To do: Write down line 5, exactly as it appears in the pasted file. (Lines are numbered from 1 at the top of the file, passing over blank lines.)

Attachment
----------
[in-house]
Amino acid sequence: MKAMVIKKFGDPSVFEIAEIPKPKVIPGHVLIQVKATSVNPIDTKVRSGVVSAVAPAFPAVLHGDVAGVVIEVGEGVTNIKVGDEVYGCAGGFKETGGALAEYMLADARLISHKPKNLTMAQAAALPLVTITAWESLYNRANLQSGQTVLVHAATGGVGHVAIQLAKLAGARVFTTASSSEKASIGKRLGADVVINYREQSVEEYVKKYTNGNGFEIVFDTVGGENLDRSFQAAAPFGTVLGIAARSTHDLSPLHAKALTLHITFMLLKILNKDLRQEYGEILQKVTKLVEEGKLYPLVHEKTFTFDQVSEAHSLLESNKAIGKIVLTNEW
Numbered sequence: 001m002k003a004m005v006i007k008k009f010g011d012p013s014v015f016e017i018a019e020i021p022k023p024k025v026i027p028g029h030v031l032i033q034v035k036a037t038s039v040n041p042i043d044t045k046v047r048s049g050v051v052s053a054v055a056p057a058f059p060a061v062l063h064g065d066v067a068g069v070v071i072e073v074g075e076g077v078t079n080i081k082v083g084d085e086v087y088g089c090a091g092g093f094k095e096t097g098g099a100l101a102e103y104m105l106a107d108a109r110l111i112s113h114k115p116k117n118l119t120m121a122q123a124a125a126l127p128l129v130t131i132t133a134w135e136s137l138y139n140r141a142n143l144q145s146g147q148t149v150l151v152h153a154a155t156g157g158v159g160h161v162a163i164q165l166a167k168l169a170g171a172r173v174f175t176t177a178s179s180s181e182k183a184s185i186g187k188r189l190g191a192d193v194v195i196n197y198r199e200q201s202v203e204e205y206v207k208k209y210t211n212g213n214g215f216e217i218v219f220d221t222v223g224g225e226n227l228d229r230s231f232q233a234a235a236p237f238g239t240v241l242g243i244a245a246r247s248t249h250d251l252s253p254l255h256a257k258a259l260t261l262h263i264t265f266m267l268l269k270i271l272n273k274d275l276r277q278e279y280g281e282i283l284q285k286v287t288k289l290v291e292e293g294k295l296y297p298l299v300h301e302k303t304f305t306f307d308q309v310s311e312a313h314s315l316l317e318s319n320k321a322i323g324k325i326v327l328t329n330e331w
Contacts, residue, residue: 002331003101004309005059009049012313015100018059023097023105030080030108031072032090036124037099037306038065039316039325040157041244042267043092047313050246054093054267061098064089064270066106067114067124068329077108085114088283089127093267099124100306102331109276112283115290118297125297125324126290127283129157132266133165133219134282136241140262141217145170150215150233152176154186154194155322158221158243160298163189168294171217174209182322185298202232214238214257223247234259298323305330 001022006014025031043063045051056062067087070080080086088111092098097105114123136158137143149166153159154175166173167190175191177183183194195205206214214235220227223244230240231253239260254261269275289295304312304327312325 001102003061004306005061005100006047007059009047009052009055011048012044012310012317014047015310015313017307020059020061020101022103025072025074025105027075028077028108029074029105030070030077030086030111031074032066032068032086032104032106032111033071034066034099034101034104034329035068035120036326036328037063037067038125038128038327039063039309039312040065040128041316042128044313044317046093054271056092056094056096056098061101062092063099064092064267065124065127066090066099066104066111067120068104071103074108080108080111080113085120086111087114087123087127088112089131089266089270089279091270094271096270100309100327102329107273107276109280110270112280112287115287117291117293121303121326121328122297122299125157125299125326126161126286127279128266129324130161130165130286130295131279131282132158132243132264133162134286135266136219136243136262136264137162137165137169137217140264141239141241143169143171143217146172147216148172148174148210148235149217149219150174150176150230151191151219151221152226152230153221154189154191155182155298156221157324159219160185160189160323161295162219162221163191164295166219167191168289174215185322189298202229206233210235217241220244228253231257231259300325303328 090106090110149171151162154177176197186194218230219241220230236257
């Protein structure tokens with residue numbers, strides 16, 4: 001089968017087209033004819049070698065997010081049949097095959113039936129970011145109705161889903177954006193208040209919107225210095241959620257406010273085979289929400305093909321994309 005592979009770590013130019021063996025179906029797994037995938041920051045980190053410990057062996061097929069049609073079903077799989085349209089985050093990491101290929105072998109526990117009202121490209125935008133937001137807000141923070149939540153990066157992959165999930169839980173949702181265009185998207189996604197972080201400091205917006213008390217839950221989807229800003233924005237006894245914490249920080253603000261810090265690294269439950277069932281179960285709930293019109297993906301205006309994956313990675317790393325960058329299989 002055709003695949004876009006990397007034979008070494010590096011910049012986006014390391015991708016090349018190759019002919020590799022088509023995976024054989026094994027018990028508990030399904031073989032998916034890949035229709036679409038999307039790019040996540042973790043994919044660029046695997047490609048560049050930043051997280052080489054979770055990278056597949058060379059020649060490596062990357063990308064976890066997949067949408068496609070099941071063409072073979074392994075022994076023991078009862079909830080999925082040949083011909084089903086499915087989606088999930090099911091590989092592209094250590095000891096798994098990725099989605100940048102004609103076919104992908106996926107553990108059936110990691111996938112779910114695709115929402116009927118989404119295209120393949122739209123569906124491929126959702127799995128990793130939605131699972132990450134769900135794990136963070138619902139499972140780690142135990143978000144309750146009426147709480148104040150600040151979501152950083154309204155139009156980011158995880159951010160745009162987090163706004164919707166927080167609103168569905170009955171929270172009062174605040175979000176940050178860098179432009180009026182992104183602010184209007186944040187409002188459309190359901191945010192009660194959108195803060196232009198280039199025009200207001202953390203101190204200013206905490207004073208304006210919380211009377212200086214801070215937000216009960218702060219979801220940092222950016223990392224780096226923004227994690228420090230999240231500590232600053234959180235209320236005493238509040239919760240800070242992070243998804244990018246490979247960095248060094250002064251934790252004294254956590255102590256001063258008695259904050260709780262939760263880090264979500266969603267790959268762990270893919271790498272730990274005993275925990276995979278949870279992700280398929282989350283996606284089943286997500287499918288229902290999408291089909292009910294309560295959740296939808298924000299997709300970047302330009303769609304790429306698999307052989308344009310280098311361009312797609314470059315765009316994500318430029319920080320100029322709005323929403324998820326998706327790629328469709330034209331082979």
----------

């Protein structure tokens with residue numbers, strides 16, 4: 001089968017087209033004819049070698065997010081049949097095959113039936129970011145109705161889903177954006193208040209919107225210095241959620257406010273085979289929400305093909321994309 005592979009770590013130019021063996025179906029797994037995938041920051045980190053410990057062996061097929069049609073079903077799989085349209089985050093990491101290929105072998109526990117009202121490209125935008133937001137807000141923070149939540153990066157992959165999930169839980173949702181265009185998207189996604197972080201400091205917006213008390217839950221989807229800003233924005237006894245914490249920080253603000261810090265690294269439950277069932281179960285709930293019109297993906301205006309994956313990675317790393325960058329299989 002055709003695949004876009006990397007034979008070494010590096011910049012986006014390391015991708016090349018190759019002919020590799022088509023995976024054989026094994027018990028508990030399904031073989032998916034890949035229709036679409038999307039790019040996540042973790043994919044660029046695997047490609048560049050930043051997280052080489054979770055990278056597949058060379059020649060490596062990357063990308064976890066997949067949408068496609070099941071063409072073979074392994075022994076023991078009862079909830080999925082040949083011909084089903086499915087989606088999930090099911091590989092592209094250590095000891096798994098990725099989605100940048102004609103076919104992908106996926107553990108059936110990691111996938112779910114695709115929402116009927118989404119295209120393949122739209123569906124491929126959702127799995128990793130939605131699972132990450134769900135794990136963070138619902139499972140780690142135990143978000144309750146009426147709480148104040150600040151979501152950083154309204155139009156980011158995880159951010160745009162987090163706004164919707166927080167609103168569905170009955171929270172009062174605040175979000176940050178860098179432009180009026182992104183602010184209007186944040187409002188459309190359901191945010192009660194959108195803060196232009198280039199025009200207001202953390203101190204200013206905490207004073208304006210919380211009377212200086214801070215937000216009960218702060219979801220940092222950016223990392224780096226923004227994690228420090230999240231500590232600053234959180235209320236005493238509040239919760240800070242992070243998804244990018246490979247960095248060094250002064251934790252004294254956590255102590256001063258008695259904050260709780262939760263880090264979500266969603267790959268762990270893919271790498272730990274005993275925990276995979278949870279992700280398929282989350283996606284089943286997500287499918288229902290999408291089909292009910294309560295959740296939808298924000299997709300970047302330009303769609304790429306698999307052989308344009310280098311361009312797609314470059315765009316994500318430029319920080320100029322709005323929403324998820326998706327790629328469709330034209331082979």